Sunday, October 31, 2010

Day 3: Day Trip Part 1: Zaanse Schans

In less than two days I had sort of grown bored of Amsterdam. Amsterdam is like the pinnacle of youth rebellion, neither of which I possess. I am not young and even in my youth I never really had a rebellious phase. Amsteredam itself is really a beautiful city, but you can basically see it all very quickly. It was either time to move on or time to see something else. I opted to see something else. I'm in Holland right? I want to see some windmills and tulips! Ok, tulips are out of the question, they're out of season but windmills are still around.

I remembered my time in Melaka, Malaysia. Back then I stubbornly decided I would take the side trip myself because I hate tours. Tours are not for real travelers! They're for the lazy, unadventurous, and wimps. Well, I had a pretty bad time in Melaka because I didn't know how to get around to interesting sites. Lesson learned, so I booked a tour from Amsterdam to Zaanse Schans, Vonlendam, and Marken to see windmills, cheese making and wooden shoe making. Totally touristy but I still wanted to see it.

I wasn't sure where exactly to book the tour nor what time they started so I woke up very early, leaving around 7:00 AM. Outside it was still very dark and, even better, it was raining. Of course it was already cold. Wonderful. People leave trash outside on the sidewalks in bags like NYC, the result is that it stinks as I walk by.

Still dark...

Around 7:30 it starts to hail on me, there's lightning and thunder. Great.

A funny car I saw on my way.

When I found the shops that sell tours around 8 AM they were all still closed. I ended up just walking into a place around 8:30. I think they were still closed because they didn't put their signs out until around 9:00 AM but they still serviced me.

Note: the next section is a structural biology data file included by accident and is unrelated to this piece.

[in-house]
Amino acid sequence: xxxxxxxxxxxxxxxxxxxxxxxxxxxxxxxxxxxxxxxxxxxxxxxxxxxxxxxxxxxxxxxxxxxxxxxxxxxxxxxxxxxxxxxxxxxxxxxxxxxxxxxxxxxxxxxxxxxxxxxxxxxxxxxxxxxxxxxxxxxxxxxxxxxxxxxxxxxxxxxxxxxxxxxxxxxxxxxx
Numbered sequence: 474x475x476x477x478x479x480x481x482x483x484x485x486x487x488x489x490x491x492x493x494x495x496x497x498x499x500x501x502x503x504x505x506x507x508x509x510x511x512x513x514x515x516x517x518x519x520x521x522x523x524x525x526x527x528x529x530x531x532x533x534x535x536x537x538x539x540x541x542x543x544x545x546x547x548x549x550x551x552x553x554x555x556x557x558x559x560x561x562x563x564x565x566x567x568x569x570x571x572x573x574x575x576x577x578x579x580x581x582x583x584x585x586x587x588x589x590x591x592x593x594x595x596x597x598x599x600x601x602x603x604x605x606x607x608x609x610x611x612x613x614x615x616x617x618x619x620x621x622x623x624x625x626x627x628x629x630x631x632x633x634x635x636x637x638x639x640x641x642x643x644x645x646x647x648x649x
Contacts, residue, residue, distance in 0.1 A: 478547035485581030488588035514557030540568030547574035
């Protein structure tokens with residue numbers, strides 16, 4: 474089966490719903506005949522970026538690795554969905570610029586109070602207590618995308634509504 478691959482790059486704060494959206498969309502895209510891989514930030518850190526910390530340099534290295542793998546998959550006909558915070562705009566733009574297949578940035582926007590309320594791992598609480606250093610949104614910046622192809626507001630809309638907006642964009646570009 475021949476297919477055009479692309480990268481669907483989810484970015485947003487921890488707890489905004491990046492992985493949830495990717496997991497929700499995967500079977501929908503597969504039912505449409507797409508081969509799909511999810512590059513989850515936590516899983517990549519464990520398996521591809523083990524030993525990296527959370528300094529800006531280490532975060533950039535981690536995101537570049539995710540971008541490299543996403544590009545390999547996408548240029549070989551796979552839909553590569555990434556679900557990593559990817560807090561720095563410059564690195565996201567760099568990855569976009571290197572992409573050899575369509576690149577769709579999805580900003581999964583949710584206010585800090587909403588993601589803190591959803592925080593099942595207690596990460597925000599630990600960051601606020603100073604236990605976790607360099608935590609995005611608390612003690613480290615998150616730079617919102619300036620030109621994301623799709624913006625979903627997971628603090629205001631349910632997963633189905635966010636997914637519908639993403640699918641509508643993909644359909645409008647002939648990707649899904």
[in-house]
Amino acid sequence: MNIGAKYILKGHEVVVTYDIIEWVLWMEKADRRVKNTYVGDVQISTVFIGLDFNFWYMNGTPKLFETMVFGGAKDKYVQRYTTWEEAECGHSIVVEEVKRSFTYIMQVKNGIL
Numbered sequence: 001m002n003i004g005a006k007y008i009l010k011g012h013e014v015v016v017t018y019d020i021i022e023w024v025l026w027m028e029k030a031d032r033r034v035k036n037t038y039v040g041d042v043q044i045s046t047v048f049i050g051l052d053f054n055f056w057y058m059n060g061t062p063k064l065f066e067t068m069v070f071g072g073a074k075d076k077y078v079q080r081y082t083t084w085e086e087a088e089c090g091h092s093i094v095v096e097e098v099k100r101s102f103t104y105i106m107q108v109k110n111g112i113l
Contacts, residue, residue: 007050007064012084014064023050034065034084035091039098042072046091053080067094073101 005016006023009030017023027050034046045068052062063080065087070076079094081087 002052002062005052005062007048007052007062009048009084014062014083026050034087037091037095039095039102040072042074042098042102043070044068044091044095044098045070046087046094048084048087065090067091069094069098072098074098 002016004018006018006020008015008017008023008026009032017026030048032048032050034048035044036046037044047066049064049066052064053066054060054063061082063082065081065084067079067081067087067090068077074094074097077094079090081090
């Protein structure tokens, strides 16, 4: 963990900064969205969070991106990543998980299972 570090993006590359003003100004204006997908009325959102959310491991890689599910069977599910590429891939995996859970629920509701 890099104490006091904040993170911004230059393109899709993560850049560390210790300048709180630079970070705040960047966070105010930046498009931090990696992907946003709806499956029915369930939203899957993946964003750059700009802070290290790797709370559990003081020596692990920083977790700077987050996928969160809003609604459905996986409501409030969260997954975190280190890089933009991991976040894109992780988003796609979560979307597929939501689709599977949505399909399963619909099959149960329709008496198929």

Hawai Brood

I still had an hour to kill so I hunted down some breakfast. I got this “hawai brood” form a little bakery. People in Amsterdam don't seem to be very friendly or helpful. I've asked for recommendations when I went to get the haring and for this place here and everyone just says “everything is good” or they just shrug and don't give you a recommendation. Another traveler I met said people here “don't give a shit about you”. Ha, maybe. It could also be that since Amsterdam attracts basically all these idiots looking to party, do drugs, and sleep with hookers they get a ton of bad elements. The people that live here just live here and want to go about their lives but keep running into idiots from abroad. Either way, this ends up with people that aren't too friendly to tourists. If you're standing around lost with a map nobody will stop to help, however if you ask for help they will answer your question, no more, no less.

Saw little towns like this during my bus ride.

Alright so got on the bus when it was time to board, about 9:15 and our first stop was Zaanse Schans. There were industrial windmills here still in used. The one I visited was being used to create colors for crayons or something like that.

Windmills! I have fulfilled my vision of the stereotypical Holland! There are not that many windmills left in Holland and I believe all are protected now by the government.

All of these are Industrial Windmills as opposed to say a water windmill.

Bridge to cheese making.

Cross this bridge and enter the building on the right to view cheese making and of course the gift shop.


Cheese, salt water used in the cheese making process.

Props used in the cheese making demonstration below.

There was also a short presentation on how to make cheese. Here's the video of the presentation and some pictures of the samples I ate afterwards. Yes, I ate every sample.

Cheese samples for us afterward the demo.

Some prices for the cheese here.

This stoopwafel is a syrup waffle cookie. They're really really good, I had to get some. I will miss these when I leave Holland.
Stroopwafel, yummy, samples being put out by a girl in a traditional outfit.

After the cheese shop it was back outside to look at windmills again.

I paid to enter one of the windmills. It was still in use actually. This windmill was being used to grind chalk which ultimately is used to make pastel crayons. Each stone here weighs over 6500 pounds! They actually have to be taken out of service when the wind dies. This is done via a slider mechanism which was not open to the public.

The view across the water from the windmill I was allowed to enter.

Too much bread and we dead!

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